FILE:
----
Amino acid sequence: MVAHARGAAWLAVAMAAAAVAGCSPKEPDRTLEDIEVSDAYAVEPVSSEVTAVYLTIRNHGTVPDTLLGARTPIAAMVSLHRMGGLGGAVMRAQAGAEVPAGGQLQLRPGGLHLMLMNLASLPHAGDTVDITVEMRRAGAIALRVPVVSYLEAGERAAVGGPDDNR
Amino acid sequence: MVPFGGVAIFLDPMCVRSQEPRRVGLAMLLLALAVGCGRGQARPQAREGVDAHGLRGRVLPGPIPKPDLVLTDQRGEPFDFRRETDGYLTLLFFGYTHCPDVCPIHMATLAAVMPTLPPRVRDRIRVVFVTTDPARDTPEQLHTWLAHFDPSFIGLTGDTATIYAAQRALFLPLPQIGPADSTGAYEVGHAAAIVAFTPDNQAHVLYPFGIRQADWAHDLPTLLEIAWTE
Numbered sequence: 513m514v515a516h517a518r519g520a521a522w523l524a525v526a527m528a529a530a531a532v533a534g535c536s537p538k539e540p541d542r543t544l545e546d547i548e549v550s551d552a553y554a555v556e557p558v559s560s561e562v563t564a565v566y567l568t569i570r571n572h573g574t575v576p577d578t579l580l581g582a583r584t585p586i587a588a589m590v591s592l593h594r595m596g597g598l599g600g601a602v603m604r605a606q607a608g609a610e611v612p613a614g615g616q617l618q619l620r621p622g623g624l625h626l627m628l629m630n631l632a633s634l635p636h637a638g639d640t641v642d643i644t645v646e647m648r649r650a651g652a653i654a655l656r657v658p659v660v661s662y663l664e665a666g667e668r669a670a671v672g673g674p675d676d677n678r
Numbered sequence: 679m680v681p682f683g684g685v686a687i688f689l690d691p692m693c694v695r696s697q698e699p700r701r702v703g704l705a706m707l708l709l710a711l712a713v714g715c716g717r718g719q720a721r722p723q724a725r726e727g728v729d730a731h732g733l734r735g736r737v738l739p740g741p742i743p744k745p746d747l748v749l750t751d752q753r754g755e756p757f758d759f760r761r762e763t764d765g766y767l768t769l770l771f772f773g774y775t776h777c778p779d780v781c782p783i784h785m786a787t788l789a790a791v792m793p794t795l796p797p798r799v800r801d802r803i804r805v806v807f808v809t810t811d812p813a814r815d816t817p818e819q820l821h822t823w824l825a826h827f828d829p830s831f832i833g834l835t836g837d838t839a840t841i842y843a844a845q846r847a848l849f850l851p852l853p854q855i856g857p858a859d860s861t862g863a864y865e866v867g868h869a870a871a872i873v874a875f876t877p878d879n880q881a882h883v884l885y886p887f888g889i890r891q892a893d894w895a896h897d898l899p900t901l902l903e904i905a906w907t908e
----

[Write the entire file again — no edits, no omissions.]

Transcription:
Amino acid sequence: MVAHARGAAWLAVAMAAAAVAGCSPKEPDRTLEDIEVSDAYAVEPVSSEVTAVYLTIRNHGTVPDTLLGARTPIAAMVSLHRMGGLGGAVMRAQAGAEVPAGGQLQLRPGGLHLMLMNLASLPHAGDTVDITVEMRRAGAIALRVPVVSYLEAGERAAVGGPDDNR
Amino acid sequence: MVPFGGVAIFLDPMCVRSQEPRRVGLAMLLLALAVGCGRGQARPQAREGVDAHGLRGRVLPGPIPKPDLVLTDQRGEPFDFRRETDGYLTLLFFGYTHCPDVCPIHMATLAAVMPTLPPRVRDRIRVVFVTTDPARDTPEQLHTWLAHFDPSFIGLTGDTATIYAAQRALFLPLPQIGPADSTGAYEVGHAAAIVAFTPDNQAHVLYPFGIRQADWAHDLPTLLEIAWTE
Numbered sequence: 513m514v515a516h517a518r519g520a521a522w523l524a525v526a527m528a529a530a531a532v533a534g535c536s537p538k539e540p541d542r543t544l545e546d547i548e549v550s551d552a553y554a555v556e557p558v559s560s561e562v563t564a565v566y567l568t569i570r571n572h573g574t575v576p577d578t579l580l581g582a583r584t585p586i587a588a589m590v591s592l593h594r595m596g597g598l599g600g601a602v603m604r605a606q607a608g609a610e611v612p613a614g615g616q617l618q619l620r621p622g623g624l625h626l627m628l629m630n631l632a633s634l635p636h637a638g639d640t641v642d643i644t645v646e647m648r649r650a651g652a653i654a655l656r657v658p659v660v661s662y663l664e665a666g667e668r669a670a671v672g673g674p675d676d677n678r
Numbered sequence: 679m680v681p682f683g684g685v686a687i688f689l690d691p692m693c694v695r696s697q698e699p700r701r702v703g704l705a706m707l708l709l710a711l712a713v714g715c716g717r718g719q720a721r722p723q724a725r726e727g728v729d730a731h732g733l734r735g736r737v738l739p740g741p742i743p744k745p746d747l748v749l750t751d752q753r754g755e756p757f758d759f760r761r762e763t764d765g766y767l768t769l770l771f772f773g774y775t776h777c778p779d780v781c782p783i784h785m786a787t788l789a790a791v792m793p794t795l796p797p798r799v800r801d802r803i804r805v806v807f808v809t810t811d812p813a814r815d816t817p818e819q820l821h822t823w824l825a826h827f828d829p830s831f832i833g834l835t836g837d838t839a840t841i842y843a844a845q846r847a848l849f850l851p852l853p854q855i856g857p858a859d860s861t862g863a864y865e866v867g868h869a870a871a872i873v874a875f876t877p878d879n880q881a882h883v884l885y886p887f888g889i890r891q892a893d894w895a896h897d898l899p900t901l902l903e904i905a906w907t908e